BLAST finds regions of similarity between biological sequences. The program compares nucleotide or protein sequences to sequence databases and calculates the statistical significance. BLAST can be used to conclude functional and evolutionary relationships between sequences as well as help identify members of gene families.
Genome Workbench also allows to run nucleotide BLAST search against local nucleotide database (MEGAblast and blastn), protein against translated nucleotide database (tblastn), translated nucleotide against translated nucleotide database (tblastx), and many other. Generally, BLAST does not directly search GenBank flat files. Rather, sequences are transformed into BLAST databases with a special format that makes searching more efficient. The BLAST indexing process splits and indexes the sequence records, producing many files. The “header” and the “sequence” files are the most important ones. The header file has information such as the sequence title and taxonomy information and is used mostly during formatting of the BLAST report. The sequence file contains the sequence information and is used most heavily during the BLAST search. DNA has a small alphabet (four letters, if there are no ambiguities) so the DNA sequence file uses a little more than one byte per four bases. A BLAST database is normally partitioned into multiple volumes, with each volume showing a contiguous subset of the database. The size of the volume can be specified when the database is created, but the NCBI has found that a volume size of about one gigabyte works well. For the Sequence Read Archive (SRA), BLAST searches the underlying SRA objects directly. This is more good because the SRA objects group the data in a manner similar to that of BLAST.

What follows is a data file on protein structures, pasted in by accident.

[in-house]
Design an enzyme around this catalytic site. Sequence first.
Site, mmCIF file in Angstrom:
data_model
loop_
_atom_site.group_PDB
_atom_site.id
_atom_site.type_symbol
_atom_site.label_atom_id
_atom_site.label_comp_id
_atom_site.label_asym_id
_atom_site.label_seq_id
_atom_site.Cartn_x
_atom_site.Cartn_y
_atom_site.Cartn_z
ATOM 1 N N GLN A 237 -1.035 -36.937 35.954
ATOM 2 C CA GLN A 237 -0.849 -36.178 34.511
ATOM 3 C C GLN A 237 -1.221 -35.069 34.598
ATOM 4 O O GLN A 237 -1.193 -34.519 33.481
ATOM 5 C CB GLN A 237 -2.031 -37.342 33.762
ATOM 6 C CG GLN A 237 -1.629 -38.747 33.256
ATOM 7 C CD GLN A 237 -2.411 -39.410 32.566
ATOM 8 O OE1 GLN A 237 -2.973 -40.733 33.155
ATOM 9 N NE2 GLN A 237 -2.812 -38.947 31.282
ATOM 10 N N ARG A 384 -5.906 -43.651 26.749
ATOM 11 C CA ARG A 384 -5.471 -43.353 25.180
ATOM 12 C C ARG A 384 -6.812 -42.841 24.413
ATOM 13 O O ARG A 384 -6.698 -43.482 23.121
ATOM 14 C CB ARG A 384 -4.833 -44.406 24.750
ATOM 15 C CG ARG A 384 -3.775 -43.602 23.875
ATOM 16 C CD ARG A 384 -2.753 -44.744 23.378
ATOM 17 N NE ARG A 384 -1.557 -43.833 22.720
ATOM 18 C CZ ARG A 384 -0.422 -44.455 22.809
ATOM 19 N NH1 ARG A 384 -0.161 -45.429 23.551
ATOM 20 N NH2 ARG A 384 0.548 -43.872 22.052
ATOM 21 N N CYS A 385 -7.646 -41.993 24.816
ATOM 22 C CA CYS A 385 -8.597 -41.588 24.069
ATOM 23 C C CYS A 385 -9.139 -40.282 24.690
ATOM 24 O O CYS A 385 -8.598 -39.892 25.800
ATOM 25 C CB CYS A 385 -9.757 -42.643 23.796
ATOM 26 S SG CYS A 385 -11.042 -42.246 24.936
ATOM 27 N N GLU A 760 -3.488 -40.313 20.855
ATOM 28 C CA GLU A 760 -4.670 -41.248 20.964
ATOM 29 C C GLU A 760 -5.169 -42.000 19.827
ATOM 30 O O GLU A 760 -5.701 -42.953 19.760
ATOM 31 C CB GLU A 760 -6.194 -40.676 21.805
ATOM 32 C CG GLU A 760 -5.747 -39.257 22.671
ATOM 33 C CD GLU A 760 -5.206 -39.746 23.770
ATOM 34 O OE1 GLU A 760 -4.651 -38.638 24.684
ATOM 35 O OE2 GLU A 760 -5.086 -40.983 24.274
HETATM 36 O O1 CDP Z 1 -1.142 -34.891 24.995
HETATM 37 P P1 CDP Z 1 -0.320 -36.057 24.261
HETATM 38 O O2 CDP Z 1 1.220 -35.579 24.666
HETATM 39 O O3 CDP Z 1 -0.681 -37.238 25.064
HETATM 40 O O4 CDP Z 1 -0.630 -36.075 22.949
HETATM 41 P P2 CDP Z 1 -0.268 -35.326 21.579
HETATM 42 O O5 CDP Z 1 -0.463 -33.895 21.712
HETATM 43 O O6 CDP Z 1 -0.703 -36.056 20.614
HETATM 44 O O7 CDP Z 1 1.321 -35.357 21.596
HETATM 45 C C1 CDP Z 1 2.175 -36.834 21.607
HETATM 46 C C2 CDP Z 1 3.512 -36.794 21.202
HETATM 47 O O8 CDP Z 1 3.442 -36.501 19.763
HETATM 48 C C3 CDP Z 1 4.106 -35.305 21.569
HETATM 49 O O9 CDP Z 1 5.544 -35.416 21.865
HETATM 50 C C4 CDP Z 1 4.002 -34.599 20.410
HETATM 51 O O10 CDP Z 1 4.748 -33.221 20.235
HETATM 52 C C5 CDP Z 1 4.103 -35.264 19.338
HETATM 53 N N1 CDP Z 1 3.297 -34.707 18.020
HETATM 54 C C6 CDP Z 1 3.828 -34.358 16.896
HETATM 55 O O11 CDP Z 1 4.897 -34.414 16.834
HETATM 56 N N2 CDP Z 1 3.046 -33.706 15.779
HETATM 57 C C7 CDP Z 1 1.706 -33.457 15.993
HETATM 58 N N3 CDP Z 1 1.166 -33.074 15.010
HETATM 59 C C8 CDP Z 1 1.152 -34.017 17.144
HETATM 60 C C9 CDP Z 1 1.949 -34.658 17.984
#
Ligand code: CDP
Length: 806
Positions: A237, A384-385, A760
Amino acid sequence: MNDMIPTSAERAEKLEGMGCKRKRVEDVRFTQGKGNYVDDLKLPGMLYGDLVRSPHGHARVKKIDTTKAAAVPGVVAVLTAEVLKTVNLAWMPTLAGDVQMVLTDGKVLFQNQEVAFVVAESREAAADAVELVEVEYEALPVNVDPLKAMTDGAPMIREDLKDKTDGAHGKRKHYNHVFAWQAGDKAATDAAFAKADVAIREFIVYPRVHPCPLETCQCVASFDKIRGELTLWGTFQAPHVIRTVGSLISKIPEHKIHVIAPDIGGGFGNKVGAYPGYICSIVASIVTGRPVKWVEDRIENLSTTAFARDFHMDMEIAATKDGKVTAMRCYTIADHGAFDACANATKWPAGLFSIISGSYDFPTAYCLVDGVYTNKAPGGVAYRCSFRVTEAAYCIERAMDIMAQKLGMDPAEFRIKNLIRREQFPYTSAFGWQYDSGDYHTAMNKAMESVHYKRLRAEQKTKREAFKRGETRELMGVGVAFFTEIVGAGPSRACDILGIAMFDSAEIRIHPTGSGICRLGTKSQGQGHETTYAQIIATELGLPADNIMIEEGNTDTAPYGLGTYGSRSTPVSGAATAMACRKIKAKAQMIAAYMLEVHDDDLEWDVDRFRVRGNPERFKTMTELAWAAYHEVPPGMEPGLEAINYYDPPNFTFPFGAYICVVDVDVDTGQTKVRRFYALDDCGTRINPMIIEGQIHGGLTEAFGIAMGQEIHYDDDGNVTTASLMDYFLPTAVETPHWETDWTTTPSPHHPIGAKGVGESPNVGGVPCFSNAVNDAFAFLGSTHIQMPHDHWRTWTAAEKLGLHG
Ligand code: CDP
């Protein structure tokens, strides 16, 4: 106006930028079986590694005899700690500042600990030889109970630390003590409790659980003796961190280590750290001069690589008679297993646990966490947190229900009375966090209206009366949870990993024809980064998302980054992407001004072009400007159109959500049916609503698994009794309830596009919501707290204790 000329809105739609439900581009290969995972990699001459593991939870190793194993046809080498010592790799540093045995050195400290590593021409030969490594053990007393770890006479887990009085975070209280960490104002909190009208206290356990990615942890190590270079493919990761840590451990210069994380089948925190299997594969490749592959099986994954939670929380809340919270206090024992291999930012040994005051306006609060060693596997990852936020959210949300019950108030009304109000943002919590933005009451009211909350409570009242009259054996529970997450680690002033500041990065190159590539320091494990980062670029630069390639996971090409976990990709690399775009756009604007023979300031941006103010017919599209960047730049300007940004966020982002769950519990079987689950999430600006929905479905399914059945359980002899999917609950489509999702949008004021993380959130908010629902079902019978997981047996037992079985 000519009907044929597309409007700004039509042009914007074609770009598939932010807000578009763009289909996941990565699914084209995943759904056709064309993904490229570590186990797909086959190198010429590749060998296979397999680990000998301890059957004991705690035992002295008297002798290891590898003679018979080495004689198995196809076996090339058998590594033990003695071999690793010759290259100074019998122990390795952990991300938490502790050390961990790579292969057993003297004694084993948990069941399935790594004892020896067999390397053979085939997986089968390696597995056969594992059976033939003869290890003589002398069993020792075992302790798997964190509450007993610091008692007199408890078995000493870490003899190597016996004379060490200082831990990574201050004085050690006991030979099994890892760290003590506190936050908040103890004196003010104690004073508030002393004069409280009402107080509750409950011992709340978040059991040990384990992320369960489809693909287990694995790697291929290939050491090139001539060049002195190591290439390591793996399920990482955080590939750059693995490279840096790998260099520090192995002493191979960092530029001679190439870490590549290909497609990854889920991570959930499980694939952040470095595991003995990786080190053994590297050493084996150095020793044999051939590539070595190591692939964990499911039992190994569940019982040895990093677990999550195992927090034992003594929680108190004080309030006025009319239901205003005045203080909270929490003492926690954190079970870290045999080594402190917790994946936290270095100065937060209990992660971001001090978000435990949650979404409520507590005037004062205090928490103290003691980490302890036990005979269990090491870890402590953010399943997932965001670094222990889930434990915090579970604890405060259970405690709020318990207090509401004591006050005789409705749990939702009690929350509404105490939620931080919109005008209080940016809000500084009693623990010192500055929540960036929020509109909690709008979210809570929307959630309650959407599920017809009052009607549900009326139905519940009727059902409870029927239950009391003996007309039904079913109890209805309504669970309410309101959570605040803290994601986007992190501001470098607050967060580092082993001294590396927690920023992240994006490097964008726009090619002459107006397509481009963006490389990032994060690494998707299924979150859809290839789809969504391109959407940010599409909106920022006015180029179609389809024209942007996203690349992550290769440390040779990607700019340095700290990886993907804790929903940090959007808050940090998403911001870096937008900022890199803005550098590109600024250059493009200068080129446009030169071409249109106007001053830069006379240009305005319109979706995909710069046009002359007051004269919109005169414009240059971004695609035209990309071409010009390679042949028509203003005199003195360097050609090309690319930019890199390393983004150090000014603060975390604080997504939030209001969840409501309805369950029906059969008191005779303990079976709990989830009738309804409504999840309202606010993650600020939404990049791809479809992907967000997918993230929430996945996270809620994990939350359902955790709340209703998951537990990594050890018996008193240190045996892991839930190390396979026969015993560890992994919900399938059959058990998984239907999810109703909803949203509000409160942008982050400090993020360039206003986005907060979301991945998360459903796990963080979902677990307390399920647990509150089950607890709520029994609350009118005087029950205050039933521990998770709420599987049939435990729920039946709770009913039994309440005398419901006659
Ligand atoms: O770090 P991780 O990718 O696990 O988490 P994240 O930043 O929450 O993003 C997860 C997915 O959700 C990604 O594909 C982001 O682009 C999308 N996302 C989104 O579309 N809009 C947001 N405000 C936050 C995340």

There are many different algorithms for searching sequence databases, but BLAST algorithms are some of the most popular, because of their speed. The key to BLAST’s speed is its use of local alignments that serve as seeds for more extensive alignments. In fact, BLAST is an acronym for Basic Local Alignment Search Tool. A set of BLAST tools for searching nucleotide and proteins sequences is available for use at the NCBI site.
BLAST searches begin with a query sequence that will be matched against sequence databases specified by the user. As the algorithms work through the data, they compute the probability that each potential match may have arisen by chance alone, which would not be consistent with an evolutionary relationship. BLAST algorithms start by breaking down the query sequence into a series of short overlapping “words” and assigning numerical values to the words. Words above a threshold value for statistical significance are then used to search databases. The default word size for BLASTN is 28 nucleotides. Because there are only four possible nucleotides in DNA, a sequence of this length would be expected to occur randomly once in every 428, or 1017, nucleotides, which is far longer than any genome. The default word size for BLASTP is three amino acids. Because proteins contain 20 different amino acids, a tripeptide sequence would be expected to arise randomly once in every 8000 tripeptides, which is longer than any protein.